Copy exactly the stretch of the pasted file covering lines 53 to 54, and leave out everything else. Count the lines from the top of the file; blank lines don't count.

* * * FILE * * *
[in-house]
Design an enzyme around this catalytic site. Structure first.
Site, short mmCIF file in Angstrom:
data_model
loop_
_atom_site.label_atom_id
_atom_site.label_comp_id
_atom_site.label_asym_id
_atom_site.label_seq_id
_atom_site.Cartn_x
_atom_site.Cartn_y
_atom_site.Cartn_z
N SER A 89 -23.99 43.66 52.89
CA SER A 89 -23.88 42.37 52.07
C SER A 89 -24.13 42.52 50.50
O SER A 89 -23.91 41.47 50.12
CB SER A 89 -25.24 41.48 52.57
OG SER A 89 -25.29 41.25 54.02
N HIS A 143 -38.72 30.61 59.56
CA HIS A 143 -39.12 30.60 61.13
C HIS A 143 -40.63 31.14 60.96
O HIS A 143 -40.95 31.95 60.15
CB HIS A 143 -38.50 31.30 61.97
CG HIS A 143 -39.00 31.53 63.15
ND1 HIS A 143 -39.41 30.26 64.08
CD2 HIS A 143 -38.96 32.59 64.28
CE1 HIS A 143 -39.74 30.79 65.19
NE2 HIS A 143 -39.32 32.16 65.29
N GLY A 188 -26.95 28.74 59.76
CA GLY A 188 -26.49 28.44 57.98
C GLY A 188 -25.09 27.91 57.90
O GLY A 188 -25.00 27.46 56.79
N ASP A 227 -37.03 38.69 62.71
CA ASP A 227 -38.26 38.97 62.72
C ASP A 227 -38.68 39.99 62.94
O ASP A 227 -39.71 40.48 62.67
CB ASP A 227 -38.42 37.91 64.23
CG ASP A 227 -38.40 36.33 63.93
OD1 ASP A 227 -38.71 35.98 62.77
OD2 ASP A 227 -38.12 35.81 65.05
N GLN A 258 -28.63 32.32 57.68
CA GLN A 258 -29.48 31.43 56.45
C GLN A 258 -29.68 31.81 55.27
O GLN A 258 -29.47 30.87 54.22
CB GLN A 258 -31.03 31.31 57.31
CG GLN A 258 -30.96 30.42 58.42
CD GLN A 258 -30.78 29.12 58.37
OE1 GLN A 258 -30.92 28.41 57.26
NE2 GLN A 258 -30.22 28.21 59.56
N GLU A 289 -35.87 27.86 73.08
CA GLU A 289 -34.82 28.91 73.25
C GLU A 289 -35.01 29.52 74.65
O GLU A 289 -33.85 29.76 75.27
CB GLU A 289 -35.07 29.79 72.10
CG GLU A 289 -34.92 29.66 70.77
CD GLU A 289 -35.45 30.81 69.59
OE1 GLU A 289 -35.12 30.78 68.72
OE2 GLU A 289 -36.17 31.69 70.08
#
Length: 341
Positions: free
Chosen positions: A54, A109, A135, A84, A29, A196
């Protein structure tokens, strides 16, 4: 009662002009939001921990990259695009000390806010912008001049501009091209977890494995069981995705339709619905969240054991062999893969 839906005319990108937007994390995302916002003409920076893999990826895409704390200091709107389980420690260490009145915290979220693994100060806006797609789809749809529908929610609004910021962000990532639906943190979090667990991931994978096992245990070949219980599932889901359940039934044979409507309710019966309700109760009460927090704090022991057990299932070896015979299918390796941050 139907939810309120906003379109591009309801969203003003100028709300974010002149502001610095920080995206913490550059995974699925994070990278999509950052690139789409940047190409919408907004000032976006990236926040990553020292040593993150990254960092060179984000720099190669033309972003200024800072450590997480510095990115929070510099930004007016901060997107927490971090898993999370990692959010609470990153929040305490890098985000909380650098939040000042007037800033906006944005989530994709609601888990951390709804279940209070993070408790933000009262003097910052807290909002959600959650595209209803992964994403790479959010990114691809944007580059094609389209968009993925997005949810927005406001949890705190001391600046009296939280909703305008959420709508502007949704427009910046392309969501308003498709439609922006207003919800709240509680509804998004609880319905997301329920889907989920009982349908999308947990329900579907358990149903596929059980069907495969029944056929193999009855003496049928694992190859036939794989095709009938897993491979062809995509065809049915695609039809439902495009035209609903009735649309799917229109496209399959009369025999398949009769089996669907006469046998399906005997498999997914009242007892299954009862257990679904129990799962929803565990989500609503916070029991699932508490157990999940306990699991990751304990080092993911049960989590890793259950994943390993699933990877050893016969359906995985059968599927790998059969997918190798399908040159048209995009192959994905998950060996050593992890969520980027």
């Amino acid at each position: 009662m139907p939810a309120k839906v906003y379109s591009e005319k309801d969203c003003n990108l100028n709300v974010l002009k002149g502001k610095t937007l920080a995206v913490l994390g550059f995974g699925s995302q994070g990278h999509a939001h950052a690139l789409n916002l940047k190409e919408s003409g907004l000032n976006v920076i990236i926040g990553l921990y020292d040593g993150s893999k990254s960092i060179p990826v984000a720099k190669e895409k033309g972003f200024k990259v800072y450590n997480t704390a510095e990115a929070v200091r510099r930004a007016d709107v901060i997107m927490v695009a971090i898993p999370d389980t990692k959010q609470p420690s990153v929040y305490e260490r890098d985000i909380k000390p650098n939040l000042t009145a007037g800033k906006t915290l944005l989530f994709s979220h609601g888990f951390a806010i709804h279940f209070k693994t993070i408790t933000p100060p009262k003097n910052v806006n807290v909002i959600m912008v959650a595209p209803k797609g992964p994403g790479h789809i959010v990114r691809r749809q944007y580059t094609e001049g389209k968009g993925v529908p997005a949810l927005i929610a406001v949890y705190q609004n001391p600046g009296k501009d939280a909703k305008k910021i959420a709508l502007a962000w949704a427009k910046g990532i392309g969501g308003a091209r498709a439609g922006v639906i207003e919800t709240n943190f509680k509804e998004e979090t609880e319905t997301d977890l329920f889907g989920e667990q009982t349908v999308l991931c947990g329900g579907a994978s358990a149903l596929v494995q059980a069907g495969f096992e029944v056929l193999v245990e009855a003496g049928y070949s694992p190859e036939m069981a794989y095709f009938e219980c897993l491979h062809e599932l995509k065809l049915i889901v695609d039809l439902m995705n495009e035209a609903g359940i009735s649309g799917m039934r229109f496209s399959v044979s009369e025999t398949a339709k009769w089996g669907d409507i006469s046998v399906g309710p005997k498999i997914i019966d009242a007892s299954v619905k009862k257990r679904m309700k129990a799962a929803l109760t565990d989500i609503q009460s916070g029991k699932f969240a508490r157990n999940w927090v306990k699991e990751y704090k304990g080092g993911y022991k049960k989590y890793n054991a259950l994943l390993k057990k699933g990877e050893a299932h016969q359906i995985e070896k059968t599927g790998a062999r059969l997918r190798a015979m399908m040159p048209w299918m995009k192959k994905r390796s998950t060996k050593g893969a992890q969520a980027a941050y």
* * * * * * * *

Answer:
O GLU A 289 -33.85 29.76 75.27
CB GLU A 289 -35.07 29.79 72.10